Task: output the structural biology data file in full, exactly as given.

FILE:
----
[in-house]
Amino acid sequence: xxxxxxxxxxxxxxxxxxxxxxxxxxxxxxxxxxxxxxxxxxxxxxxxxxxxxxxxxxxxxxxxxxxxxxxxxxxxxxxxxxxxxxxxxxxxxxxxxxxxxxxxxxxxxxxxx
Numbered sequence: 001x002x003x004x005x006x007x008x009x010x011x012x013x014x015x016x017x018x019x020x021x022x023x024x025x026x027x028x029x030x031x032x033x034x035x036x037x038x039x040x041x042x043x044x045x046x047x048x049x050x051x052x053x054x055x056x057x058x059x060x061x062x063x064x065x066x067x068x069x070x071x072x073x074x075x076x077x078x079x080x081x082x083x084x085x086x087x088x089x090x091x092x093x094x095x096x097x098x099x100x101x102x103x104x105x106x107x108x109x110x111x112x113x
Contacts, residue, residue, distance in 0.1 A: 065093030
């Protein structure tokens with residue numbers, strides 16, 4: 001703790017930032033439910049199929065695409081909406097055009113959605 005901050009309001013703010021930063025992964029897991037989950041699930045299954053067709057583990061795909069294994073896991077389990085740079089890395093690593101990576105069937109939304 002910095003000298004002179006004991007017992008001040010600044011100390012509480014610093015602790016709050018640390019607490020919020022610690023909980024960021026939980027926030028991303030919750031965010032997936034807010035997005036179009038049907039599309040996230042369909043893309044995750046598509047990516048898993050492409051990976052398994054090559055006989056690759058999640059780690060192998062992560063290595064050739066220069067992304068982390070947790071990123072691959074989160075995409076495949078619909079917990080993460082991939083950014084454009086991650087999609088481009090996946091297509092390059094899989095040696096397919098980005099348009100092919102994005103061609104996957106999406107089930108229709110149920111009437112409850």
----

[in-house]
Amino acid sequence: xxxxxxxxxxxxxxxxxxxxxxxxxxxxxxxxxxxxxxxxxxxxxxxxxxxxxxxxxxxxxxxxxxxxxxxxxxxxxxxxxxxxxxxxxxxxxxxxxxxxxxxxxxxxxxxxx
Numbered sequence: 001x002x003x004x005x006x007x008x009x010x011x012x013x014x015x016x017x018x019x020x021x022x023x024x025x026x027x028x029x030x031x032x033x034x035x036x037x038x039x040x041x042x043x044x045x046x047x048x049x050x051x052x053x054x055x056x057x058x059x060x061x062x063x064x065x066x067x068x069x070x071x072x073x074x075x076x077x078x079x080x081x082x083x084x085x086x087x088x089x090x091x092x093x094x095x096x097x098x099x100x101x102x103x104x105x106x107x108x109x110x111x112x113x
Contacts, residue, residue, distance in 0.1 A: 065093030
């Protein structure tokens with residue numbers, strides 16, 4: 001703790017930032033439910049199929065695409081909406097055009113959605 005901050009309001013703010021930063025992964029897991037989950041699930045299954053067709057583990061795909069294994073896991077389990085740079089890395093690593101990576105069937109939304 002910095003000298004002179006004991007017992008001040010600044011100390012509480014610093015602790016709050018640390019607490020919020022610690023909980024960021026939980027926030028991303030919750031965010032997936034807010035997005036179009038049907039599309040996230042369909043893309044995750046598509047990516048898993050492409051990976052398994054090559055006989056690759058999640059780690060192998062992560063290595064050739066220069067992304068982390070947790071990123072691959074989160075995409076495949078619909079917990080993460082991939083950014084454009086991650087999609088481009090996946091297509092390059094899989095040696096397919098980005099348009100092919102994005103061609104996957106999406107089930108229709110149920111009437112409850």